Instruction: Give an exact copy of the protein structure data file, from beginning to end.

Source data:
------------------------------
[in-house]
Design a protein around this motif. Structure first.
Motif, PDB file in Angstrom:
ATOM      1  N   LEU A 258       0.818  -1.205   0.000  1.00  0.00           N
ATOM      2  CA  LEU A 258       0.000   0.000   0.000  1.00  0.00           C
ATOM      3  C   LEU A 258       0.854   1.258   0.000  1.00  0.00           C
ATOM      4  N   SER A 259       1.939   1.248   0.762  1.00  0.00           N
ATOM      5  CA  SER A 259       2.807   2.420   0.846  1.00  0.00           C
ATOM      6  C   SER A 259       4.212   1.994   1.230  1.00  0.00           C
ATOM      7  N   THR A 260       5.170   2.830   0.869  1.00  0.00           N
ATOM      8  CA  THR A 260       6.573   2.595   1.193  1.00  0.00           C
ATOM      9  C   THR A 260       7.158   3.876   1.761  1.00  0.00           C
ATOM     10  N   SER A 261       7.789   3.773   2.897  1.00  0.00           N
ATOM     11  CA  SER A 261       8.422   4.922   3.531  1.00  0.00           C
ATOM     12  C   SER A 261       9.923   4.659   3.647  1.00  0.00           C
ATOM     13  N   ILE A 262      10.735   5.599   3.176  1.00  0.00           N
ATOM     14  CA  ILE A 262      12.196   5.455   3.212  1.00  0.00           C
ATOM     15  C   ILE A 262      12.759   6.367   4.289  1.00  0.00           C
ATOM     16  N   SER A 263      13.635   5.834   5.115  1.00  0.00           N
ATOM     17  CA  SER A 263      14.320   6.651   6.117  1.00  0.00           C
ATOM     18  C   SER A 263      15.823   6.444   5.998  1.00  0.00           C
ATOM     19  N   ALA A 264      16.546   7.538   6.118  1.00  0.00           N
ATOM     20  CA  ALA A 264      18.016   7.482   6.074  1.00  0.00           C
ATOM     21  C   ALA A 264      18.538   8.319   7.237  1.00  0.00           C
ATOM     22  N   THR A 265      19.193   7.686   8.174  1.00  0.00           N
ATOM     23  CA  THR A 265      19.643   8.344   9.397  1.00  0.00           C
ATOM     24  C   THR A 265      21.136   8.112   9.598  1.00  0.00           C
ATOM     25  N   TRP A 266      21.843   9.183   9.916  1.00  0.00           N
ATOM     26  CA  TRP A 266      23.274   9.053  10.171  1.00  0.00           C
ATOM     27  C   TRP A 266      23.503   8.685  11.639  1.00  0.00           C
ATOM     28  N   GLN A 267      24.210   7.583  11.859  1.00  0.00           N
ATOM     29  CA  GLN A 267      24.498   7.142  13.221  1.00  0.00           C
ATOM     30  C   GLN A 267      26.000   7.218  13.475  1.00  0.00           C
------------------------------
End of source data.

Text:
[in-house]
Design a protein around this motif. Structure first.
Motif, PDB file in Angstrom:
ATOM      1  N   LEU A 258       0.818  -1.205   0.000  1.00  0.00           N
ATOM      2  CA  LEU A 258       0.000   0.000   0.000  1.00  0.00           C
ATOM      3  C   LEU A 258       0.854   1.258   0.000  1.00  0.00           C
ATOM      4  N   SER A 259       1.939   1.248   0.762  1.00  0.00           N
ATOM      5  CA  SER A 259       2.807   2.420   0.846  1.00  0.00           C
ATOM      6  C   SER A 259       4.212   1.994   1.230  1.00  0.00           C
ATOM      7  N   THR A 260       5.170   2.830   0.869  1.00  0.00           N
ATOM      8  CA  THR A 260       6.573   2.595   1.193  1.00  0.00           C
ATOM      9  C   THR A 260       7.158   3.876   1.761  1.00  0.00           C
ATOM     10  N   SER A 261       7.789   3.773   2.897  1.00  0.00           N
ATOM     11  CA  SER A 261       8.422   4.922   3.531  1.00  0.00           C
ATOM     12  C   SER A 261       9.923   4.659   3.647  1.00  0.00           C
ATOM     13  N   ILE A 262      10.735   5.599   3.176  1.00  0.00           N
ATOM     14  CA  ILE A 262      12.196   5.455   3.212  1.00  0.00           C
ATOM     15  C   ILE A 262      12.759   6.367   4.289  1.00  0.00           C
ATOM     16  N   SER A 263      13.635   5.834   5.115  1.00  0.00           N
ATOM     17  CA  SER A 263      14.320   6.651   6.117  1.00  0.00           C
ATOM     18  C   SER A 263      15.823   6.444   5.998  1.00  0.00           C
ATOM     19  N   ALA A 264      16.546   7.538   6.118  1.00  0.00           N
ATOM     20  CA  ALA A 264      18.016   7.482   6.074  1.00  0.00           C
ATOM     21  C   ALA A 264      18.538   8.319   7.237  1.00  0.00           C
ATOM     22  N   THR A 265      19.193   7.686   8.174  1.00  0.00           N
ATOM     23  CA  THR A 265      19.643   8.344   9.397  1.00  0.00           C
ATOM     24  C   THR A 265      21.136   8.112   9.598  1.00  0.00           C
ATOM     25  N   TRP A 266      21.843   9.183   9.916  1.00  0.00           N
ATOM     26  CA  TRP A 266      23.274   9.053  10.171  1.00  0.00           C
ATOM     27  C   TRP A 266      23.503   8.685  11.639  1.00  0.00           C
ATOM     28  N   GLN A 267      24.210   7.583  11.859  1.00  0.00           N
ATOM     29  CA  GLN A 267      24.498   7.142  13.221  1.00  0.00           C
ATOM     30  C   GLN A 267      26.000   7.218  13.475  1.00  0.00           C